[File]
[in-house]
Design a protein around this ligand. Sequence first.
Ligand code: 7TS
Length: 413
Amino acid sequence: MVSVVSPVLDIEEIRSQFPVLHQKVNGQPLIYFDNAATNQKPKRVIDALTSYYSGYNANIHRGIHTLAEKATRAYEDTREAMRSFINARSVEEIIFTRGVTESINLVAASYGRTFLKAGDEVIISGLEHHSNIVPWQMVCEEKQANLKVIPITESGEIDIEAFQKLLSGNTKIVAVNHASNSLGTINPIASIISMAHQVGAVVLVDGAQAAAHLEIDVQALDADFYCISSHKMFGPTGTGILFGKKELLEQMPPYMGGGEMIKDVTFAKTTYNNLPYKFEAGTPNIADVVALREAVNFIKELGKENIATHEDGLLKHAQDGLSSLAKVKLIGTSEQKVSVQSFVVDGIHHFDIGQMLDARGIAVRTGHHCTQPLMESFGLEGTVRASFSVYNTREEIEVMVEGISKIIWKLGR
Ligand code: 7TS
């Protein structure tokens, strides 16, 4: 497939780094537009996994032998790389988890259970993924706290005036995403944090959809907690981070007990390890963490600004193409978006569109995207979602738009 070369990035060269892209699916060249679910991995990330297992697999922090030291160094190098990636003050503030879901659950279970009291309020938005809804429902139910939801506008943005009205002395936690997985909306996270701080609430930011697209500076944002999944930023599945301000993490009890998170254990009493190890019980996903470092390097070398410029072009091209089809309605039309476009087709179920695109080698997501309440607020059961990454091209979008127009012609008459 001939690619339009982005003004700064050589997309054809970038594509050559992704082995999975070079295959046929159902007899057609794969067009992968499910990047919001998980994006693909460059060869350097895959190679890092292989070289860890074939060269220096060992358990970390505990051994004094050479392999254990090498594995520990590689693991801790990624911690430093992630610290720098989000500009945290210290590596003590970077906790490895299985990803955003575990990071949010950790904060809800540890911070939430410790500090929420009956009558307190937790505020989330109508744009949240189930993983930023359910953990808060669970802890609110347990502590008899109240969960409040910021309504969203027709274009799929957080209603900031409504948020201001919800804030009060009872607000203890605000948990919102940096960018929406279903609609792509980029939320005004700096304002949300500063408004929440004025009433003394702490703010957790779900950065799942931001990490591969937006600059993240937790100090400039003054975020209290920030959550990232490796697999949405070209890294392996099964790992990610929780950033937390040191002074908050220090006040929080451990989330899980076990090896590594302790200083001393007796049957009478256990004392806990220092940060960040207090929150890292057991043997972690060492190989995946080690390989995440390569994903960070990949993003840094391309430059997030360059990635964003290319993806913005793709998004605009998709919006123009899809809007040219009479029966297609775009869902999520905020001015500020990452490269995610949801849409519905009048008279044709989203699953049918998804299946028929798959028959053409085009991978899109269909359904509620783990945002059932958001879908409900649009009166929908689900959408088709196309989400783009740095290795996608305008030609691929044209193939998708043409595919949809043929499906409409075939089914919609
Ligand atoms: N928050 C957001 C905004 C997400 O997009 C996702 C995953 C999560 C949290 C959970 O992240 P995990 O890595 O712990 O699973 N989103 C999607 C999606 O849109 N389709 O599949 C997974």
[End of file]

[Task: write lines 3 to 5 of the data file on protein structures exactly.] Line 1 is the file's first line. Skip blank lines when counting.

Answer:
Ligand code: 7TS
Length: 413
Amino acid sequence: MVSVVSPVLDIEEIRSQFPVLHQKVNGQPLIYFDNAATNQKPKRVIDALTSYYSGYNANIHRGIHTLAEKATRAYEDTREAMRSFINARSVEEIIFTRGVTESINLVAASYGRTFLKAGDEVIISGLEHHSNIVPWQMVCEEKQANLKVIPITESGEIDIEAFQKLLSGNTKIVAVNHASNSLGTINPIASIISMAHQVGAVVLVDGAQAAAHLEIDVQALDADFYCISSHKMFGPTGTGILFGKKELLEQMPPYMGGGEMIKDVTFAKTTYNNLPYKFEAGTPNIADVVALREAVNFIKELGKENIATHEDGLLKHAQDGLSSLAKVKLIGTSEQKVSVQSFVVDGIHHFDIGQMLDARGIAVRTGHHCTQPLMESFGLEGTVRASFSVYNTREEIEVMVEGISKIIWKLGR